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  • Any good story gets a little better every time it's told over, everybody knows that. A little something is added, unnecessary details are being sacrificed to give room for another catchy phrase. Everybody knows. No one would call it a lie, it's just an enjoyable story, well told. On the other hand, when you present a picture of yourself that may be just a tad glossy -- say, on Facebook, for instance, or on Cowbird, for that matter, it may very well be classified as a misrepresentation.


    I once read an interview with the photographer Richard Avedon. He said that his family, who in reality were quite poor, would always stage themselves for photography, dressing up in fancy clothing, posing in front of posh cars and stately houses, often with borrowed dogs. It seemed to be a necessary fiction that the Avedon family owned a dog. In one album alone I counted eleven different dogs. All the photos in our family albums were built on a kind of lie about who we were, and at the same time, they revealed a truth about who we wanted to be.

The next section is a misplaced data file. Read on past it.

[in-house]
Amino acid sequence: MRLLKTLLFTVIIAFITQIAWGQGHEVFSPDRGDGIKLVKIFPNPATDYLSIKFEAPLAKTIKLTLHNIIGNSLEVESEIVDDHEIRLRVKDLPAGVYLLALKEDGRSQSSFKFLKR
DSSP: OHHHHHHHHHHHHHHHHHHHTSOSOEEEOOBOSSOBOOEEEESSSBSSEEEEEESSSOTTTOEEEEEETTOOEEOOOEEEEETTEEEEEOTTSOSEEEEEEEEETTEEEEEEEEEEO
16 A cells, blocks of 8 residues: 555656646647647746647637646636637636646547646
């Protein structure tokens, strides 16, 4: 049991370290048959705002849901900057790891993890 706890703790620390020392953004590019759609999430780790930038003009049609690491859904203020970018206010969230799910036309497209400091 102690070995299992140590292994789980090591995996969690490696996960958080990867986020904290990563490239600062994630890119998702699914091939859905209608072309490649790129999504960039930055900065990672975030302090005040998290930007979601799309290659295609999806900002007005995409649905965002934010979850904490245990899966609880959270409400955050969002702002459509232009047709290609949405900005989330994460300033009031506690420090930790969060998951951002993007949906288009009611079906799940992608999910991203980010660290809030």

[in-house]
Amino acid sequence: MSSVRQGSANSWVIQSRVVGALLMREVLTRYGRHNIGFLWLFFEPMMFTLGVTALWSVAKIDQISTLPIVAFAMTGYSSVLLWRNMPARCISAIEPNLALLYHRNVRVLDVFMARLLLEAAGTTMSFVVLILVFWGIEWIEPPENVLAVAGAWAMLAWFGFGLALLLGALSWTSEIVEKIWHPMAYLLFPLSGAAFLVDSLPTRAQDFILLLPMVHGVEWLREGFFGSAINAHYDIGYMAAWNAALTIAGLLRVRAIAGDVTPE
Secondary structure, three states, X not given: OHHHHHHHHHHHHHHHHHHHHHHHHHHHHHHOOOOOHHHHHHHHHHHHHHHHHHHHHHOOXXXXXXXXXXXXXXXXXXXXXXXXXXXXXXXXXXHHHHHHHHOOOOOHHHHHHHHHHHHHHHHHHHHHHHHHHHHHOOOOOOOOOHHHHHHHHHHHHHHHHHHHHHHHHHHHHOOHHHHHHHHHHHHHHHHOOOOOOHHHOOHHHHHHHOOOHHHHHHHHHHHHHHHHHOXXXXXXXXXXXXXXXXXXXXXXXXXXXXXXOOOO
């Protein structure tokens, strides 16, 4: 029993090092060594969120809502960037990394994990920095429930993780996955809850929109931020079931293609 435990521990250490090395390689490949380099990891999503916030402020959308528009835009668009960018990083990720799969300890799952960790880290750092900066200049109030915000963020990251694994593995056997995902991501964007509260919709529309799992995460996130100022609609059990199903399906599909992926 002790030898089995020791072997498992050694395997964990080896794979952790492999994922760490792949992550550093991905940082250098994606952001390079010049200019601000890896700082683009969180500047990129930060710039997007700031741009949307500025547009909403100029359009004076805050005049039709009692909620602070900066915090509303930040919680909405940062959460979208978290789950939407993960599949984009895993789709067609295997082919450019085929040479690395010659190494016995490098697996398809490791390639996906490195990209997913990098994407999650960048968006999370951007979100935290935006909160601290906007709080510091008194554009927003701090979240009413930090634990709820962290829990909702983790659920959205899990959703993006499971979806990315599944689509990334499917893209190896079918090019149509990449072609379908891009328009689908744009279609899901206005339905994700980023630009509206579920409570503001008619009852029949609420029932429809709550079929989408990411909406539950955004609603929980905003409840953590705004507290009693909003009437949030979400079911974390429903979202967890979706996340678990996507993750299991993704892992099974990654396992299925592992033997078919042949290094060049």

I like that. In fact, I wish we would all do a little more of that, add a little colour to the story of our lives, stage ourselves, be whoever we want to be, even if only in our (tall) tales or photo albums. Why shouldn't we? Who will it hurt? If it's in you, if you have an idea about who you'd like to be, and if you want others to believe in it, bring it out, with bells on. Add a wig. Why not?
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